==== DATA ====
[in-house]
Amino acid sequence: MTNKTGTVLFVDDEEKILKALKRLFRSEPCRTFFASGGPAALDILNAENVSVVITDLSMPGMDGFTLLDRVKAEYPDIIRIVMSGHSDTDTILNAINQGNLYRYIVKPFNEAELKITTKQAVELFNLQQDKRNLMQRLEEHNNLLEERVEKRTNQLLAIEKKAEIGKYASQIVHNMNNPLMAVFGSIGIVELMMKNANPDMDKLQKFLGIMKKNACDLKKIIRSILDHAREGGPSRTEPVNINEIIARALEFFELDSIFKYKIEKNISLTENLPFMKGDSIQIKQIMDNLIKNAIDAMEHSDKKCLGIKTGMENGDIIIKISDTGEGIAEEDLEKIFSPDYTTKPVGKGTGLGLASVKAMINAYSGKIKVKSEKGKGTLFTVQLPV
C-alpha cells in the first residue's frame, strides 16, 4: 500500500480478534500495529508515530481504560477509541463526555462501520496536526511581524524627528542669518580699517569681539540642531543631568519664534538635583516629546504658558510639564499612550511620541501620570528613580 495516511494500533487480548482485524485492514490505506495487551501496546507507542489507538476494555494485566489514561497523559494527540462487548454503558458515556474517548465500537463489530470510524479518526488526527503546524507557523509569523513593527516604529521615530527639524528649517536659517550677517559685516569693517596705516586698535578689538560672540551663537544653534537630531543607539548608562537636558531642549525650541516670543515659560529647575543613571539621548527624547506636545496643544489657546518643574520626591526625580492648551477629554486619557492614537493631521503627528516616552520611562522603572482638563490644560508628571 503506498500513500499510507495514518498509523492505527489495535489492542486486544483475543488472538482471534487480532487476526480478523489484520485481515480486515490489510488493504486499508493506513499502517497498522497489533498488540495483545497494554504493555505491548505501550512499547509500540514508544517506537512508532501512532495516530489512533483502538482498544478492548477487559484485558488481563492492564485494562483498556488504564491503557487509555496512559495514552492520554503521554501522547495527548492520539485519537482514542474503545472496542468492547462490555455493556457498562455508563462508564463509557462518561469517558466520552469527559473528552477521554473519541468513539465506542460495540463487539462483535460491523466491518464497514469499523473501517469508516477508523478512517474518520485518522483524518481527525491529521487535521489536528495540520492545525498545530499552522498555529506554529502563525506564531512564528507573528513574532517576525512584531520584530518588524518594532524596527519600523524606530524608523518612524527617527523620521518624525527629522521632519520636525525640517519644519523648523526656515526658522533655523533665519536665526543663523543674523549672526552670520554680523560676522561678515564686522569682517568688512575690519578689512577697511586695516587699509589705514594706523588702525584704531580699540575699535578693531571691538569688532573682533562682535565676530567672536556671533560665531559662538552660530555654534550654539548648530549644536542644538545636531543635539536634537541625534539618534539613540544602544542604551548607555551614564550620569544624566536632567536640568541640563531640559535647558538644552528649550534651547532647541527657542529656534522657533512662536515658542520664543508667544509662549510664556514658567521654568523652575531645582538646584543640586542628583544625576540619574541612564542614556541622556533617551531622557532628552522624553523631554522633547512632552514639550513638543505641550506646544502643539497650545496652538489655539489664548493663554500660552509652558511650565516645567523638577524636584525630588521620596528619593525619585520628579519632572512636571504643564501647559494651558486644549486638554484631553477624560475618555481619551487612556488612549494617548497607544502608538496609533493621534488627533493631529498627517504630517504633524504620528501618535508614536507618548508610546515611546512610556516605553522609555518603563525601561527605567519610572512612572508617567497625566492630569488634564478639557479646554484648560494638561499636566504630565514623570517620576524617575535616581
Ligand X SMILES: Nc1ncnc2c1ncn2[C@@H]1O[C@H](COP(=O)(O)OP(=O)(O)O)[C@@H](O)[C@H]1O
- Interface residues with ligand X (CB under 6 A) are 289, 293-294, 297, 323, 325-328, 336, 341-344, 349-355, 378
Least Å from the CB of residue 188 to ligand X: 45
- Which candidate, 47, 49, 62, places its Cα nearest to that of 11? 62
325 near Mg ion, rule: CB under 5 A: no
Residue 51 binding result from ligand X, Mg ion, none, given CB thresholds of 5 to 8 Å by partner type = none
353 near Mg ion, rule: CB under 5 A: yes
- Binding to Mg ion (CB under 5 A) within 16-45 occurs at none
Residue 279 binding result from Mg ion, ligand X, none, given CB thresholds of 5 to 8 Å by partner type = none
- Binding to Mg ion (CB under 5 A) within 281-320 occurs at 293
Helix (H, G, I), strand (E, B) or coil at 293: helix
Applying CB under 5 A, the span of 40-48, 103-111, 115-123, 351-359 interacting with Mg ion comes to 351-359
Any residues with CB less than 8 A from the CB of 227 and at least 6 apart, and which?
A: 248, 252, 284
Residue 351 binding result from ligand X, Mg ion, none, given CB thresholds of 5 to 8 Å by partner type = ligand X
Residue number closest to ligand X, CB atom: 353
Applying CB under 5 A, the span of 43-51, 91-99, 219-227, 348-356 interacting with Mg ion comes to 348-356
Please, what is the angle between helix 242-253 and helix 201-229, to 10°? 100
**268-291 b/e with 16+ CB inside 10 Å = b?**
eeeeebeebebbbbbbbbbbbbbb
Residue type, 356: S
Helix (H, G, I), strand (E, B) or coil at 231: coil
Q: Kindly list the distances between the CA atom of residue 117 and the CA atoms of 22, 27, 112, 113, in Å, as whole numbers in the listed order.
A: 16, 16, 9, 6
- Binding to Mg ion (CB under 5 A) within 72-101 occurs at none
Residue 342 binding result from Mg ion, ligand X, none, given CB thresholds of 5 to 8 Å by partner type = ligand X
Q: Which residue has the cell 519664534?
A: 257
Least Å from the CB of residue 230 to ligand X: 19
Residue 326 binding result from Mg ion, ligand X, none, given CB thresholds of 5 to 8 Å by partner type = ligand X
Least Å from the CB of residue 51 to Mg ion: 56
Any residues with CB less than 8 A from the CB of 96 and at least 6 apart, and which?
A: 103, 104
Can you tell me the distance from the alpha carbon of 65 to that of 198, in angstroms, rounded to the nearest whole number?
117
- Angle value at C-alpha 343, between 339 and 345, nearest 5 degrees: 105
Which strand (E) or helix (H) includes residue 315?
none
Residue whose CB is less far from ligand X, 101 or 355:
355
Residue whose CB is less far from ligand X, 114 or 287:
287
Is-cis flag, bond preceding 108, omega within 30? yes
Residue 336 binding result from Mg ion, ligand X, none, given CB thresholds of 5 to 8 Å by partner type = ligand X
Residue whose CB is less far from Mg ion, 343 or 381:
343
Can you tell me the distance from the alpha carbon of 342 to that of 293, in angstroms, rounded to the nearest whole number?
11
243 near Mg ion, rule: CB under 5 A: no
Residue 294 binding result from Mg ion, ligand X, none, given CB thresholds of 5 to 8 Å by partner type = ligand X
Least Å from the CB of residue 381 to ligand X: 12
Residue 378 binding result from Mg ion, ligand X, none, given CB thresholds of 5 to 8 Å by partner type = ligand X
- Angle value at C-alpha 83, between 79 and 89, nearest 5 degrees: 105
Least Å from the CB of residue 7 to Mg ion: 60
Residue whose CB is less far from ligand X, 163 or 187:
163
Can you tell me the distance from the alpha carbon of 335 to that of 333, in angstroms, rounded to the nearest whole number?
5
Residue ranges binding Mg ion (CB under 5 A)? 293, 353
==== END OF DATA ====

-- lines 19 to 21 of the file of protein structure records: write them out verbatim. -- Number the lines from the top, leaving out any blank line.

Residue number closest to ligand X, CB atom: 353
Applying CB under 5 A, the span of 43-51, 91-99, 219-227, 348-356 interacting with Mg ion comes to 348-356
Please, what is the angle between helix 242-253 and helix 201-229, to 10°? 100